Daily Mirror (Sri Lanka)


- Sri Lanka · Parliament of India · Twitter · India · Minuwangoda

It seems we’re go­ing to have our kids stuck at home for some­time again. Schools are closed for an in­def­i­nite pe­riod again and lets hope that this wait at home would not be too long.

Alarm bells have been sounded by par­ents and tu­ition masters have had no op­tion, but to put up shut­ters at their in­sti­tutes for a while. On­line education will con­tinue, and so will fears of whether par­ents en­gaged in es­sen­tial ser­vices will be ex­posed to the virus. The rest of the fam­ily wouldn’t want to see the bread­win­ner bring­ing home the virus!

Just the other day the father of a school­boy, who at­tends a lead­ing school in Colombo, was di­ag­nosed with COVID-19. We re­ally don’t know the travel move­ments of this fam­ily, but ac­cord­ing to news­pa­per re­ports the fam­ily has fol­lowed the proper health guide­lines af­ter the male mem­ber of the fam­ily was tested pos­i­tive. In is­sues like these the big­gest dam­age to the fam­ily is caused by the so­cial me­dia.

All these de­vel­op­ments go on to sug­gest that we need to be more re­spon­si­ble. We need to be in this ‘pan­demic’ to­gether as one; as a fam­ily that doesn’t need to be told.

The prob­lem with Sri Lankans is that they need to be told. In a coun­try like Sri Lanka from the choco­late wrap­per to the used pa­per bag, these items eas­ily find their way on the road and not to a dust­bin.

Wear­ing masks when one has a cough or cold was never heard of by the ma­jor­ity of Sri Lankans. Wear­ing a face mask when suf­fer­ing from a res­pi­ra­tory ill­ness was never con­sid­ered as a re­spon­si­bil­ity by most Sri Lankans till the pan­demic sur­faced and taught us a valu­able les­son in health prac­tices.

Now they all wear masks out of fear of con­tract­ing the virus. This fear that drives us to be a healthy na­tion is bad. We must be driven to fol­low health guide­lines be­cause we have a sense of re­spon­si­bil­ity to­wards one an­other.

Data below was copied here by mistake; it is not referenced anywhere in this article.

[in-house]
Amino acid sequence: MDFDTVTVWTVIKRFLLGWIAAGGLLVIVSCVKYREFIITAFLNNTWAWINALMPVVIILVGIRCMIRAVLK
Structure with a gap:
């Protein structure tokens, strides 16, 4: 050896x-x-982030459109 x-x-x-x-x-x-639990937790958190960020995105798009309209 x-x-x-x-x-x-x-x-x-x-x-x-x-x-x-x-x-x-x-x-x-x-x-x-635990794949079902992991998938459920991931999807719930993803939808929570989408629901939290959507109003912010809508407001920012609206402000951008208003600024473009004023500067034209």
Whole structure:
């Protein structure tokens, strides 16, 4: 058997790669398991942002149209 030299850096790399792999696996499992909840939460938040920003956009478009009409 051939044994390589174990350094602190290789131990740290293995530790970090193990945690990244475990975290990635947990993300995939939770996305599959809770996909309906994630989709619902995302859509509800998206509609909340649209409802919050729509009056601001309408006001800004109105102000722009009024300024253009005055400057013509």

Some­times tak­ing pre­cau­tion­ary mea­sures in­vites trou­ble. Just the other day we heard that Mem­ber of Par­lia­ment Harin Fer­nando was sub­ject to a tirade by a Gov­ern­ment MP with re­gard to a Twit­ter post by the for­mer that he had sub­ject him­self to a PCR test. Gov­ern­ment MP Pre­malal Do­lawatte is said to have de­manded that Fer­nando un­der­goes a pe­riod of quar­an­tine be­cause the lat­ter sub­jected him­self to a PCR test and such a fol­low-up pro­ce­dure is the norm.

We’ve read so much in news­pa­pers where some pa­tients re­ceiv­ing treat­ment have es­caped from wards in gov­ern­ment hos­pi­tals. One report stated that such a per­son, a drug ad­dict, was later found. But the is­sue here is to check his travel move­ments while ab­scond­ing; be­cause he may have cre­ated a clus­ter!

The lat­est bomb­shell was dropped from a gar­ment fac­tory in Minuwangod­a. It is re­ported that a group of work­ers from In­dia had been bought to work at this gar­ment fac­tory, but what’s spec­u­lated was that the work­ers didn’t ad­here to proper quar­an­tine pro­ce­dures. Two vi­tal ques­tions raised in this re­gard were; whether the au­thor­i­ties at the gar­ment fac­tory quar­an­tined these work­ers at their cor­po­rate pri­vate fa­cil­ity and whether the work­ers with COVID-19 symp­toms were asked to report to work?

The com­pany re­sponded to al­le­ga­tions through a state­ment which said that all the work­ers brought down are of Sri Lankan ori­gin and that they had fol­lowed the gov­ern­ment man­dated quar­an­tine pe­riod of 28 days. But the net re­sult was that over a 1000 work­ers from this fac­tory in Minuwangod­a tested pos­i­tive for COVID-19.

Sri Lanka as a na­tion did well to keep the pan­demic at bay. The is­land had one of the low­est death rates associated with COVID-19. The se­cu­rity forces and the health sec­tor did strict mon­i­tor­ing and Sri Lanka was con­sid­ered one of the safest na­tions in the con­text of ‘man­ag­ing COVID-19’. Why on earth did we drop our guard?

 ??  ??

Newspapers in English

Newspapers from Sri Lanka